not occur frequently in the tables, but does happen sometimes when shifting between different families of
curves on Figures L-2 through L-5. This is caused by the curve-fitting program, which attempts to provide the
best fit at about 70 percent of hawser strength, accepting some error at lower tensions.
The hawser tension trends for the previous examples do not experience the abnormality demonstrated here. It
may be assumed that the extreme tension probability with 1,800-foot scope of wire will be better than, or
certainly no worse than, at 1,200-foot scope.
L-5.5 ARS 6/38 CLASS. The ARS 6 and 38 Classes have the same hawser as the ATF 76. Limits of mean and
extreme tension are 96,000 and 192,000 pounds, respectively.
The Appendix G example predicts a tow speed of 4.4 knots at 47,000 pounds hawser tension. Mean tension is
satisfactory in this case. Because of the lower speed, enter Table L-13 at the 25-knot wind/3-knot tow speed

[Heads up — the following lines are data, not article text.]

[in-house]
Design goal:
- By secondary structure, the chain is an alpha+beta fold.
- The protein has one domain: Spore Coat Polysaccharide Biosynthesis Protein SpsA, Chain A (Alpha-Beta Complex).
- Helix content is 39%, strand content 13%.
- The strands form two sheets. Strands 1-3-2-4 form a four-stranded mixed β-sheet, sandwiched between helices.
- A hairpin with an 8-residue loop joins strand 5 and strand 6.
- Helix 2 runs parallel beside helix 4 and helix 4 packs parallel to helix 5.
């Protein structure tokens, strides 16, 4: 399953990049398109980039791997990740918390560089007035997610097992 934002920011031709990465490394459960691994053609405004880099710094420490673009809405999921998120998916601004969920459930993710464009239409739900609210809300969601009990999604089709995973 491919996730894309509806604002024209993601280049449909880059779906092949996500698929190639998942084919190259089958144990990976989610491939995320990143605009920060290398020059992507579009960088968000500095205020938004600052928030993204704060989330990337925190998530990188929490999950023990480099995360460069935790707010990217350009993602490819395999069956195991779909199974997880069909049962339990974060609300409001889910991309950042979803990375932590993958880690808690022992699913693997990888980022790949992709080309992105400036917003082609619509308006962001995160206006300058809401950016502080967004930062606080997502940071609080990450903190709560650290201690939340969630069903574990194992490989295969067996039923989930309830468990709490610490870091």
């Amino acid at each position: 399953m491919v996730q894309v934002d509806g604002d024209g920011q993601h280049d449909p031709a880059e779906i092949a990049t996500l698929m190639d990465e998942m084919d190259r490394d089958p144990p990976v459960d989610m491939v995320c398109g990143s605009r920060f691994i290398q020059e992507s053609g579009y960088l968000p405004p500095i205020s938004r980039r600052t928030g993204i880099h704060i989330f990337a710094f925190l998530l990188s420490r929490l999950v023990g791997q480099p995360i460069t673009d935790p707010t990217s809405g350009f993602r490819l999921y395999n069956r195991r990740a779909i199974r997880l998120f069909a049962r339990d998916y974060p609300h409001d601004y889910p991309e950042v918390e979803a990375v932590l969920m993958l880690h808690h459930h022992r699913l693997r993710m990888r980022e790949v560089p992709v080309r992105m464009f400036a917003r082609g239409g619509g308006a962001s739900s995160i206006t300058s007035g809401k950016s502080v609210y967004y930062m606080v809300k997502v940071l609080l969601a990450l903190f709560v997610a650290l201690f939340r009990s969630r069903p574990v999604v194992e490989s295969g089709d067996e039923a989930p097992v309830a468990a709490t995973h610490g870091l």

These predicted extremal tensions are well under the allowable dynamic tension of 192,000 pounds, and the
tow may be performed with acceptable risk. Towing speed is limited by the available power of the towing ship.
As in the previous case, note that there is an apparent increase in predicted extreme tension as the table shifts
from one family of curves (straight lines in figure L-2) to another family. These differences should not be taken
literally; it can be assumed that longer scope will reduce the risk of extremal tensions resulting from ship